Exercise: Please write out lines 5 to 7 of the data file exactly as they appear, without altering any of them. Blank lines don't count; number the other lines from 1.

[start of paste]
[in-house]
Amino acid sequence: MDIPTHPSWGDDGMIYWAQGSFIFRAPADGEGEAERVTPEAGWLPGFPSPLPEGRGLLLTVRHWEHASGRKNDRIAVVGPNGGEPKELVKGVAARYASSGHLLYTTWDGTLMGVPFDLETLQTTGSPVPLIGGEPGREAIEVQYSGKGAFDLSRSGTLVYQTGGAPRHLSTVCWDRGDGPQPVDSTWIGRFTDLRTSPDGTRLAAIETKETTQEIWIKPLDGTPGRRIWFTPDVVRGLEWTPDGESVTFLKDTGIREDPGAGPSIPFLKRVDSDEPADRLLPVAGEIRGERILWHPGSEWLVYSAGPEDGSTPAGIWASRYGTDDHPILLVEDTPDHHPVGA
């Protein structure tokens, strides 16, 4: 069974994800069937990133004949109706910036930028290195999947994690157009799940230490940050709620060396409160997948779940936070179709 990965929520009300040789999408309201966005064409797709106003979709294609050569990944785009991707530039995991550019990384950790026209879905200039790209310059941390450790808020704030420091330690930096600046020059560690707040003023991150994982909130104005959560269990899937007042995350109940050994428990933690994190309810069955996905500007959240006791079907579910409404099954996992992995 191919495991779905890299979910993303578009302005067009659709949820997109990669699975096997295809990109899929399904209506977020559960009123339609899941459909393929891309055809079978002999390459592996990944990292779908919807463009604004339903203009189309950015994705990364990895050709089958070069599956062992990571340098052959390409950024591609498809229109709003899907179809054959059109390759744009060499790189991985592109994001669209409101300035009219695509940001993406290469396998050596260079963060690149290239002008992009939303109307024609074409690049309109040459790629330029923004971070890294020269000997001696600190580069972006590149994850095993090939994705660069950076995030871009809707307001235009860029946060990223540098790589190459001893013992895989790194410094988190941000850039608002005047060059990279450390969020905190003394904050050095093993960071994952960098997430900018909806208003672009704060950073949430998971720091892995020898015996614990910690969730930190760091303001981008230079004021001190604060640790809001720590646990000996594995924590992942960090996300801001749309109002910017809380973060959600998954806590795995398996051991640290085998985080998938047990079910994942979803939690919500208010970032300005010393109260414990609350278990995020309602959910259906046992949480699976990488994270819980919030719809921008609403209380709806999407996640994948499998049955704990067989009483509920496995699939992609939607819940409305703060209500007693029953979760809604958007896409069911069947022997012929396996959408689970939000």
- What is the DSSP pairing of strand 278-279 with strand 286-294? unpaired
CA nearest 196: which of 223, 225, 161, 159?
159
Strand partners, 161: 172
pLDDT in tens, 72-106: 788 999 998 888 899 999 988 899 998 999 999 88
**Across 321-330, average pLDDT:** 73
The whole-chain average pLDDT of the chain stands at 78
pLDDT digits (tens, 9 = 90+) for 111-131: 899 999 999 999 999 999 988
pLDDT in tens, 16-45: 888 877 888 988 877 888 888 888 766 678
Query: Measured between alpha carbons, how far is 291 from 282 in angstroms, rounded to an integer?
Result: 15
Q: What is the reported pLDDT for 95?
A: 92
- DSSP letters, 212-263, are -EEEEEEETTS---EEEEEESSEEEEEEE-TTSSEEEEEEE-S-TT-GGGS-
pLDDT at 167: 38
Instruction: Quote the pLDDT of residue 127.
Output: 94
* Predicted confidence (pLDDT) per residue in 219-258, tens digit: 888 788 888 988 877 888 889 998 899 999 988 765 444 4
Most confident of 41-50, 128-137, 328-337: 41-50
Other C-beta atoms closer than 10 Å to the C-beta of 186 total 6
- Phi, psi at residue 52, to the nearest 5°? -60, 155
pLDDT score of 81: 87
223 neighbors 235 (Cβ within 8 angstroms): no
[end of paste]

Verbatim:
CA nearest 196: which of 223, 225, 161, 159?
159
Strand partners, 161: 172